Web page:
Food poverty

Food poverty is the inability of individuals and households to obtain an adequate and nutritious diet, often because they cannot afford healthy food or there is a lack of shops in their area that are easy to reach.

Food poverty is an urgent issue affecting Northern Ireland. Research carried out by the FSA in Northern Ireland found that although most homeless people are getting enough to eat, the quality of their diet is poor. The research found that the key barriers to eating a balanced diet are their financial situation and education/cooking skills, as well as depression/stress, alcohol and drug abuse contributing to a lack of appetite, and a perception that food was not always seen as a priority.

The findings from the research was used to inform decisions about how FSA in Northern Ireland can strengthen partnerships with key stakeholders in supporting, encouraging and developing effective policy responses to tackling food poverty and homelessness. This led to the Department of Health and Social Services in Northern Ireland asking the FSA in Northern Ireland to include food poverty in its remit

Food poverty indicator

Members of the Food Poverty Network are tasked with developing a food poverty indicator based on routinely available data. Currently there is no measure of food poverty on the island of Ireland and such an indicator would allow for a quantifiable assessment of the extent of food poverty across the island of Ireland in order to inform practice and policy.

The FSA in Northern Ireland is co-chair with Safefood, of the Food Poverty Network.

Co-ordinated approach to food poverty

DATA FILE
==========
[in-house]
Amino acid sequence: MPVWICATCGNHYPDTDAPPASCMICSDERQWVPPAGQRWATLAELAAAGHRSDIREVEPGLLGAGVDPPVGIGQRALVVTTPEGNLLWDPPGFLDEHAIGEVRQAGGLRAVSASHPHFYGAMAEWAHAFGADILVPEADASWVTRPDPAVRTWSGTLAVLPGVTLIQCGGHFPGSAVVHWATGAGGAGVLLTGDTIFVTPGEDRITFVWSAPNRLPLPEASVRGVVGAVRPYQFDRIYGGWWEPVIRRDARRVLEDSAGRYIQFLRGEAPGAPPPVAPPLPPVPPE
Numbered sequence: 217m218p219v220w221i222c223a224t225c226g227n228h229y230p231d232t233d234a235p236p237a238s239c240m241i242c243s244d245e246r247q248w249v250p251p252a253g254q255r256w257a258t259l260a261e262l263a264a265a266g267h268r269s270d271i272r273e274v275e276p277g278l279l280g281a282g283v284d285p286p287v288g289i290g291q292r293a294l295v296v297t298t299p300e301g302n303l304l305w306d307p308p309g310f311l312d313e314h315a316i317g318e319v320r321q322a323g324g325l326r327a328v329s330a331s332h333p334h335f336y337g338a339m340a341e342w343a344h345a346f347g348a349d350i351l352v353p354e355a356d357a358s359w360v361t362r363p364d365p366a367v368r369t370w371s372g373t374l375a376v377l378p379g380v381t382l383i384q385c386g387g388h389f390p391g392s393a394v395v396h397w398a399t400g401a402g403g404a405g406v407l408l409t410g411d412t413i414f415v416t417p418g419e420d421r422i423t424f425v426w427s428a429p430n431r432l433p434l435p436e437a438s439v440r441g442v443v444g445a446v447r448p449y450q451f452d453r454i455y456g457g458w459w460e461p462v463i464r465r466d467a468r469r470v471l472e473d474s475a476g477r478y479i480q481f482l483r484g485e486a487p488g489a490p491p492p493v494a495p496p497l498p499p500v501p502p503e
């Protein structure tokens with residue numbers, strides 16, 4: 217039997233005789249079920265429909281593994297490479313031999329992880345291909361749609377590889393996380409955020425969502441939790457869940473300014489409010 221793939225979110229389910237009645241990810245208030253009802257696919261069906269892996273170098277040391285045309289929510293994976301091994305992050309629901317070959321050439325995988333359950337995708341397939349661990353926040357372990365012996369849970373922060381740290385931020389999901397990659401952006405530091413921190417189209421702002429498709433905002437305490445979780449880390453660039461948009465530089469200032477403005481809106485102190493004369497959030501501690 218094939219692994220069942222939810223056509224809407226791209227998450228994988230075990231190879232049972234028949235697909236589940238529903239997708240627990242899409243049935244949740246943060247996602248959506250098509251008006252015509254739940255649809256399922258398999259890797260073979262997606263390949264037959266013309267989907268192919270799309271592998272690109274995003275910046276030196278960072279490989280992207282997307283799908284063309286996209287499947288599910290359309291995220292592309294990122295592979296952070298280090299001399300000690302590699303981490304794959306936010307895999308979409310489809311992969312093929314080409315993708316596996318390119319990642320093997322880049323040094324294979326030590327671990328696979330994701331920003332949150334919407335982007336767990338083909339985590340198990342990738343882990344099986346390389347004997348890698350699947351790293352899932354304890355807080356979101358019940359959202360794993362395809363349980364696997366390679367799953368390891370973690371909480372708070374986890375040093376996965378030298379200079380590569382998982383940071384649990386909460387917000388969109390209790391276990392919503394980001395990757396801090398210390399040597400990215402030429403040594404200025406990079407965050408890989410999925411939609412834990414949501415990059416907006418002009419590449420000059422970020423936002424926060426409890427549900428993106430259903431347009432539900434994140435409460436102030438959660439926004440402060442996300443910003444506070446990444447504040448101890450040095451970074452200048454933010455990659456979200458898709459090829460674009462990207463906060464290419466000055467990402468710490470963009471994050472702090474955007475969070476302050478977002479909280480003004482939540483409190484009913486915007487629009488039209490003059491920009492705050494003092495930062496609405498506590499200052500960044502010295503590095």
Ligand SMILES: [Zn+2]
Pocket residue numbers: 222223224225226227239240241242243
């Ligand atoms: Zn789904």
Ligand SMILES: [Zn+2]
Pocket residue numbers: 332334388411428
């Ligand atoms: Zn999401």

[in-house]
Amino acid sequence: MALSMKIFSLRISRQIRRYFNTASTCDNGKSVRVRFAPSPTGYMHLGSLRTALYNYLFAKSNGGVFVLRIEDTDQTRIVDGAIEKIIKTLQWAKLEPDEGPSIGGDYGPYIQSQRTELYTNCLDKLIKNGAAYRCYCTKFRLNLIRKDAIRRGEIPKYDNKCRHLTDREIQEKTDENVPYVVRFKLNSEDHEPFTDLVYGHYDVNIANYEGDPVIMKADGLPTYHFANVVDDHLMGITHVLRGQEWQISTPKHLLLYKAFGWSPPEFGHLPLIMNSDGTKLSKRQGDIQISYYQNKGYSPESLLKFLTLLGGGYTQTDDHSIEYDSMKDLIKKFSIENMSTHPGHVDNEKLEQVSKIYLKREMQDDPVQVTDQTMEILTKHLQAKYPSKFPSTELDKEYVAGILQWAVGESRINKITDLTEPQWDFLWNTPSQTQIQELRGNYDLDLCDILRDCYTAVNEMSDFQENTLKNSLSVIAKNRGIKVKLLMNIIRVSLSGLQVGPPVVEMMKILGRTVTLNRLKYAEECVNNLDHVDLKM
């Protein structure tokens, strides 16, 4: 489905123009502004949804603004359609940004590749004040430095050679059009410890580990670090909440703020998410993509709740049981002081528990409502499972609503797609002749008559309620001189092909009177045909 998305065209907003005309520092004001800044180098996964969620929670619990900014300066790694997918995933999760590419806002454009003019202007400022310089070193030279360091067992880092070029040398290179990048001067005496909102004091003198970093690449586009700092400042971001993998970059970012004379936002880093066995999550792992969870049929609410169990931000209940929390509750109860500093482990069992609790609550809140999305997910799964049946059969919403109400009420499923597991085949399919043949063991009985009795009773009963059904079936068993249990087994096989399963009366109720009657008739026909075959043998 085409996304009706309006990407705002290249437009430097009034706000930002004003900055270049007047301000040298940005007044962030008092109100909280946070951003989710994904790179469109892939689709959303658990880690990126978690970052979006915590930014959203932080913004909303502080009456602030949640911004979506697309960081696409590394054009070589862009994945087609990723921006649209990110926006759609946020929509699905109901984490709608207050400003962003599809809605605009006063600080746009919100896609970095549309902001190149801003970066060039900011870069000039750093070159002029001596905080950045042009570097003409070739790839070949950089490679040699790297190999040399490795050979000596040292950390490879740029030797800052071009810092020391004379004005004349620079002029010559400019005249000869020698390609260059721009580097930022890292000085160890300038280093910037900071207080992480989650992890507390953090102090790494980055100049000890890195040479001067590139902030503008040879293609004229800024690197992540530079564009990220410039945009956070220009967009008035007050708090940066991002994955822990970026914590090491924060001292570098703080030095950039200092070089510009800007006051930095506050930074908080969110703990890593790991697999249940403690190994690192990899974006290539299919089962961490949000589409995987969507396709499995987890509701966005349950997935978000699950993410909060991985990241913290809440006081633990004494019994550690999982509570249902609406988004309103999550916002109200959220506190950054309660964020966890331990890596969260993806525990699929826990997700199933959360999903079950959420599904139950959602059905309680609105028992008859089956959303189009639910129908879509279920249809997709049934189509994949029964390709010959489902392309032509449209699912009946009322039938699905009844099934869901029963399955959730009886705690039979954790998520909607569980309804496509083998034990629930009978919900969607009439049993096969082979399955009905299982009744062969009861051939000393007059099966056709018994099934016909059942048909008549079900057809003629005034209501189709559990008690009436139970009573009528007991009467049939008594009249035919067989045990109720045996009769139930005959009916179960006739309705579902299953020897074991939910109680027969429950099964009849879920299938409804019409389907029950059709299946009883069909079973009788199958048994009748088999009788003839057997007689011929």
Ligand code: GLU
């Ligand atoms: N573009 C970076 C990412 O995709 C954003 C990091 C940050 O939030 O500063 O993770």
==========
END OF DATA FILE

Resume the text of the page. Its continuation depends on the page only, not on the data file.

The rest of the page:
In addition, the obesity prevention strategy for Northern Ireland – A Fitter Future for All: Framework for Preventing and Addressing Overweight and Obesity in Northern Ireland 2012-2022 – seeks to develop a coordinated approach to address food poverty. The strategy sets medium-term outcomes (2016 to 2019) that ensure local support, resources and facilities are available to those experiencing food poverty. The long-term outcomes (2020 to 2022) include ensuring that a greater proportion of adults are eating a healthy diet. The indicator will be the percentage of adults experiencing food poverty.

The FSA in Northern Ireland is currently supporting the Council for the Homeless in Northern Ireland and its FareShare project by funding a project worker in Belfast to support the building of capacity for the expansion of its activities outside Belfast and ultimately to other cities across the island of Ireland.

Since 2010, the FSA in Northern Ireland has jointly funded, Safefood, a FareShare depot in Northern Ireland. FareShare sources quality, surplus, 'fit for purpose' food and drink from retailers and manufacturers throughout Ireland and redistributes it to local charities feeding hungry and vulnerable people in the community.

The FSA in Northern Ireland is also working with the Consumer Council on a Food Shopping research project, which provides Northern Ireland-specific data and gives a valuable insight as to the extent to which rising food costs have been felt by consumers and how they have responded.